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I'm sometimes asked about NLP, or "Neurolinguistic Programming," since it also makes statements about how persuasion occurs. I've met some people who believe that NLP is very effective, and others who think that NLP doesn't live up to its claims.

Although social psychology and NLP ask similar questions in a few areas, social psychology is not at all like NLP in its approach to answering them, so comparing the two is like comparing apples to shoes.

Social Psychology is a science; it relies in empiricism, research, the scientific method, data collection, and statistical analysis in the pursuit of verifiable facts about basic human nature. It is a recognized subdiscipline within psychology that is taught at most universities; its practitioners are largely Ph.D.s who publish in peer-reviewed journals. There is intense competition among researchers for journal space, so the quality of research in the top journals is high--even though few people have the training to follow what the research elite are publishing. (If you're a college student and you've been assigned journal articles to read, you know what I'm talking about!) The best estimates I've found indicate there are about 4000 social psychologists performing research in the U.S.

NLP, on the other hand, is intuitive and philosophical in its approach. NLP borrows heavily from certain psychotherapies, and its origins are associated with the study of magic and trance inducement. It is now disseminated by a network of NLP practitioners who have their own certification process.

Social psychology does not have NLP's philosophical structure, which makes NLP interesting and appealing. NLP offers a breadth and structure in its approach which its practitioners find attractive.

Even though social psychology doesn't offer broad theories that are flexible enough to do extended duty as a philosophy, a psychotherapy, and a method of persuading people, I think that social psychology offers a more rigorous approach to understanding the persuasive process. Social psychology attempts to verify its findings by forever trying to disprove them through testing, keeping only those findings that stand the test of time.

Despite these differences, a few researchers have tested NLP predictions to see if they hold up. I've been told by a number of NLP practitioners that "NLP theory was never meant to be tested in a laboratory." (I don't understand that statement. But then, I'm a scientist, and I think theories should be tested.) Nonetheless, some people have tested NLP predictions under controlled conditions. When I reviewed this literature in 1997, here's what I found:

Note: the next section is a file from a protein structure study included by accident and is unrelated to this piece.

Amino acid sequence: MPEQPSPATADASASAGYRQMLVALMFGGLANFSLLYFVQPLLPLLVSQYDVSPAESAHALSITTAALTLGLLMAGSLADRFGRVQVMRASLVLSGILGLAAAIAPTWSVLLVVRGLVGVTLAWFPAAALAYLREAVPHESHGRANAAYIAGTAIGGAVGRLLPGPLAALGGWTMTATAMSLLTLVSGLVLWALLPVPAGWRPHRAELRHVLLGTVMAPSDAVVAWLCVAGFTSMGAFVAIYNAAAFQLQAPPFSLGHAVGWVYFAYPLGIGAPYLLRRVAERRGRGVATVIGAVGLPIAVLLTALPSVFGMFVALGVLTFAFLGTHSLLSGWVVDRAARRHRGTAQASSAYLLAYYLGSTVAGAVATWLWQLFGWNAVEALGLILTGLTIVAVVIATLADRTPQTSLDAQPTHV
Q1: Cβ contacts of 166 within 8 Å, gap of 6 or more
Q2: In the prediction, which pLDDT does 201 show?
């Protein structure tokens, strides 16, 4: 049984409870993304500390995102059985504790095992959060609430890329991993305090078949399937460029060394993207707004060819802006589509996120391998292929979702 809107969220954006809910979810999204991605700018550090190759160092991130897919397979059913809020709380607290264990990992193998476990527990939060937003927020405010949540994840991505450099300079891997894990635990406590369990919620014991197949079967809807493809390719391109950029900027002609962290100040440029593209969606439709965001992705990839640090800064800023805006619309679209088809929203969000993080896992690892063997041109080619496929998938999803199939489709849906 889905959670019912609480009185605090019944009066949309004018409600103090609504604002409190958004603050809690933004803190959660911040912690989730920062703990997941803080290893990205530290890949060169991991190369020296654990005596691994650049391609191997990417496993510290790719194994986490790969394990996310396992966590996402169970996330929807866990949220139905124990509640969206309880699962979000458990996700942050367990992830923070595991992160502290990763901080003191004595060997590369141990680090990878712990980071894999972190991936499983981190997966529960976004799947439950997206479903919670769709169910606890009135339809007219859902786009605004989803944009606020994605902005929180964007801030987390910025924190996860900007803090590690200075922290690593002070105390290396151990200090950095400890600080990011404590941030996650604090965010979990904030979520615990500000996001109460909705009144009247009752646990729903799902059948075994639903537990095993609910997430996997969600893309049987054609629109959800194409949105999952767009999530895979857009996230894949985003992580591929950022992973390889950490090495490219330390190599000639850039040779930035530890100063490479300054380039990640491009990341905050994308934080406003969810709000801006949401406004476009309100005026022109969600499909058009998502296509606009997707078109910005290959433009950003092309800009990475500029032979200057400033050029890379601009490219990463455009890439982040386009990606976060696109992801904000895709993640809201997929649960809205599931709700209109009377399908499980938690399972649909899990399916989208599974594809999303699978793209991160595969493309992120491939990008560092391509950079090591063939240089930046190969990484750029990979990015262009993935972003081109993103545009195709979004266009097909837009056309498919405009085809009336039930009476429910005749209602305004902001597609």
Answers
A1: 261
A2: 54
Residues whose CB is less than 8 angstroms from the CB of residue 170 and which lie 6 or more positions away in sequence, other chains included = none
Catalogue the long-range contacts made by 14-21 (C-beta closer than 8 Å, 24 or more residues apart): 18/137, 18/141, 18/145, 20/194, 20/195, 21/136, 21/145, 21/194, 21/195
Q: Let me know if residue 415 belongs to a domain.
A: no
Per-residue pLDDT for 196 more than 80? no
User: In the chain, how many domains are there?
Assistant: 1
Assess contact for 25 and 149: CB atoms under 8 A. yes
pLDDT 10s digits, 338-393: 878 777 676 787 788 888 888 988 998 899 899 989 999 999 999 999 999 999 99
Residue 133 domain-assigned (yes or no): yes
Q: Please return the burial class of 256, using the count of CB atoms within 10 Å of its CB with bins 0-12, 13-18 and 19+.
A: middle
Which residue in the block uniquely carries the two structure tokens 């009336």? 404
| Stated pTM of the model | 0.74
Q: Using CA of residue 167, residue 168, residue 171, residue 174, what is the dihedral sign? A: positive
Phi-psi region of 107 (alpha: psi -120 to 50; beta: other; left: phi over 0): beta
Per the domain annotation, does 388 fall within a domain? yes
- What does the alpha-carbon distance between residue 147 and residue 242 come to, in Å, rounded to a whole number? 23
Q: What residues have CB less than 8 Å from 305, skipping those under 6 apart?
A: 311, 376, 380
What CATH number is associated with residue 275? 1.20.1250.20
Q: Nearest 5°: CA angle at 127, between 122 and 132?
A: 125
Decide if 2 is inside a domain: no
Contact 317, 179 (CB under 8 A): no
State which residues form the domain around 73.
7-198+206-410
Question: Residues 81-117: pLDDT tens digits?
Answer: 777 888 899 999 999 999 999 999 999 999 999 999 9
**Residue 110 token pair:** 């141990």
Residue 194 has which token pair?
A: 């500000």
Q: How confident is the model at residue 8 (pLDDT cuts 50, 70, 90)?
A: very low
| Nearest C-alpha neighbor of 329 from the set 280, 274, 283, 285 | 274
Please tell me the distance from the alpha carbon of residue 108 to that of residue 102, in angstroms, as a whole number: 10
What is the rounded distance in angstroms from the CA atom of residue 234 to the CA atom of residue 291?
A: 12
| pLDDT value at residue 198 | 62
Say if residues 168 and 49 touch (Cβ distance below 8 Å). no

• "Though it claims neuroscience in its pedigree, NLP's outmoded view of the relationship between cognitive style and brain function ultimately boils down to crude analogies. NLP basks in effusive testimonials, but the National Research Council could unearth no hard evidence in its favor, or even a succinct statement of its underlying theory."

    -- Beyerstein, BL. (1990). Brainscams: Neuromythologies of the New Age. International Journal of Mental health, 19 (3), 27-36.

  • ". . . N.L.P. Theory is not well articulated, its terminology, premises and assumptions are ambiguous or poorly specified. As the analysis in this article has shown, a basic reason for the theory's inadequacies are due to its borrowings from theories that are theoretically antagonistic to each other. . . . The conclusions from reviewing the literature are that as a theory, it is undeveloped and incoherent and that its techniques offer nothing new."

    -- Baddeley, M. (1989). Neurolinguistic programming: The academic verdict so far. Australian Journal of Clinical Hypnotherapy and Hypnosis, 10 (2), 73-81.

  • This study compared NLP techniques such as pacing, metaphor, and phonemic devices to two much simpler non-NLP control conditions: a direct-information condition and a placebic information-only condition. No differences in attitudes were found among the conditions, but the non-NLP direct-information control condition demonstrated significantly more persuasion in behavioral measures, resulting in the opposite of what NLP practitioners would predict.

    -- Dixon, PN; Parr GD; Yarbrough D; and Rathael M. (1986). Neurolinguistic Programming as a Persuasive Communication Technique. The Journal of Social Psychology, 126(4), 545-550.

  • Huge intercorrelations (hovering around r=.7) between subject performance in different sensory modes resulted, which is the only possible outcome that wasn't predicted by NLP.

    -- Fromme DK & Daniel J (1984). Neurolinguistic Programming Examined. Journal of Counseling Psychology 31 (3) 387-390.

  • "The basic tenents of NLP have failed to be reliably verified in almost 86% of the controlled studies . . . the inquirer in this field may be forgiven for accepting the conclusion of Elich et al, (1985), 'NLP has achieved something akin to a cult status when it may be nothing more than another psychological fad' (p.625)."

    -- Sharpley, C. F. (1987). Research findings on neurolingusitic programming: Nonsupportive data or an untestable theory? Journal of Counseling Psychology, 34 (1), 103-107.

Of course, you'll have to do your own research and make up your own mind about this topic, but perhaps these leads can get you started.

Let's move on to our next topic, the Structure of Influence . . .

Copyright © 1997 by Kelton Rhoads, Ph.D.
All rights reserved.

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